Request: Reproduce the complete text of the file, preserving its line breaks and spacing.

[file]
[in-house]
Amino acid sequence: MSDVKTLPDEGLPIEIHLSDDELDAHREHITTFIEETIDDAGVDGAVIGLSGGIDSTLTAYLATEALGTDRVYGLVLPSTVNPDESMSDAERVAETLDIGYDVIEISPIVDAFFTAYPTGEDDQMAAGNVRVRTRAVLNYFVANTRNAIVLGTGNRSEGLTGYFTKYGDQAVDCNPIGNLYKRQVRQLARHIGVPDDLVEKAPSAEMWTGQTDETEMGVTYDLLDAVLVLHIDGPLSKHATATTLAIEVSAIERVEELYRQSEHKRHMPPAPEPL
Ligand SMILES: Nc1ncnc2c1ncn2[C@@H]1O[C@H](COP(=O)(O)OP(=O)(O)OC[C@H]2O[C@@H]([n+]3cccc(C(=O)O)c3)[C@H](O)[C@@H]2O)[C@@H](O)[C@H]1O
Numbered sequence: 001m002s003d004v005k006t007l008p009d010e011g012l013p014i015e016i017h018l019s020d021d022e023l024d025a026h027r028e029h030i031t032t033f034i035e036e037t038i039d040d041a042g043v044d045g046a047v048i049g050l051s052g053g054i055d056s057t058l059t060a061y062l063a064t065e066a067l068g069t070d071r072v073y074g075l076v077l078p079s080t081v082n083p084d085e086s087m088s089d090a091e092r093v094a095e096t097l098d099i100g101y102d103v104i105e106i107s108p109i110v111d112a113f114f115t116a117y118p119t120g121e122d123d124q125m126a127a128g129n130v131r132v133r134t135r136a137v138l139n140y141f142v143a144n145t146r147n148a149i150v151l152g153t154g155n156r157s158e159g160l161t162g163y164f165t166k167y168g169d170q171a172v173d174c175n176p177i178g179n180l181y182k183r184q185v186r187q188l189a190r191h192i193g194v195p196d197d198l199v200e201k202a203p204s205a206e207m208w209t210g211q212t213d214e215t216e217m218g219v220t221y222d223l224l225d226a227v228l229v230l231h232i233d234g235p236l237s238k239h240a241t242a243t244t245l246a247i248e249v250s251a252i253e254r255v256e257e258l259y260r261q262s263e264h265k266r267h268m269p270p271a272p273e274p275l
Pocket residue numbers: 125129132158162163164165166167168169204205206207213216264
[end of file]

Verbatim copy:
[in-house]
Amino acid sequence: MSDVKTLPDEGLPIEIHLSDDELDAHREHITTFIEETIDDAGVDGAVIGLSGGIDSTLTAYLATEALGTDRVYGLVLPSTVNPDESMSDAERVAETLDIGYDVIEISPIVDAFFTAYPTGEDDQMAAGNVRVRTRAVLNYFVANTRNAIVLGTGNRSEGLTGYFTKYGDQAVDCNPIGNLYKRQVRQLARHIGVPDDLVEKAPSAEMWTGQTDETEMGVTYDLLDAVLVLHIDGPLSKHATATTLAIEVSAIERVEELYRQSEHKRHMPPAPEPL
Ligand SMILES: Nc1ncnc2c1ncn2[C@@H]1O[C@H](COP(=O)(O)OP(=O)(O)OC[C@H]2O[C@@H]([n+]3cccc(C(=O)O)c3)[C@H](O)[C@@H]2O)[C@@H](O)[C@H]1O
Numbered sequence: 001m002s003d004v005k006t007l008p009d010e011g012l013p014i015e016i017h018l019s020d021d022e023l024d025a026h027r028e029h030i031t032t033f034i035e036e037t038i039d040d041a042g043v044d045g046a047v048i049g050l051s052g053g054i055d056s057t058l059t060a061y062l063a064t065e066a067l068g069t070d071r072v073y074g075l076v077l078p079s080t081v082n083p084d085e086s087m088s089d090a091e092r093v094a095e096t097l098d099i100g101y102d103v104i105e106i107s108p109i110v111d112a113f114f115t116a117y118p119t120g121e122d123d124q125m126a127a128g129n130v131r132v133r134t135r136a137v138l139n140y141f142v143a144n145t146r147n148a149i150v151l152g153t154g155n156r157s158e159g160l161t162g163y164f165t166k167y168g169d170q171a172v173d174c175n176p177i178g179n180l181y182k183r184q185v186r187q188l189a190r191h192i193g194v195p196d197d198l199v200e201k202a203p204s205a206e207m208w209t210g211q212t213d214e215t216e217m218g219v220t221y222d223l224l225d226a227v228l229v230l231h232i233d234g235p236l237s238k239h240a241t242a243t244t245l246a247i248e249v250s251a252i253e254r255v256e257e258l259y260r261q262s263e264h265k266r267h268m269p270p271a272p273e274p275l
Pocket residue numbers: 125129132158162163164165166167168169204205206207213216264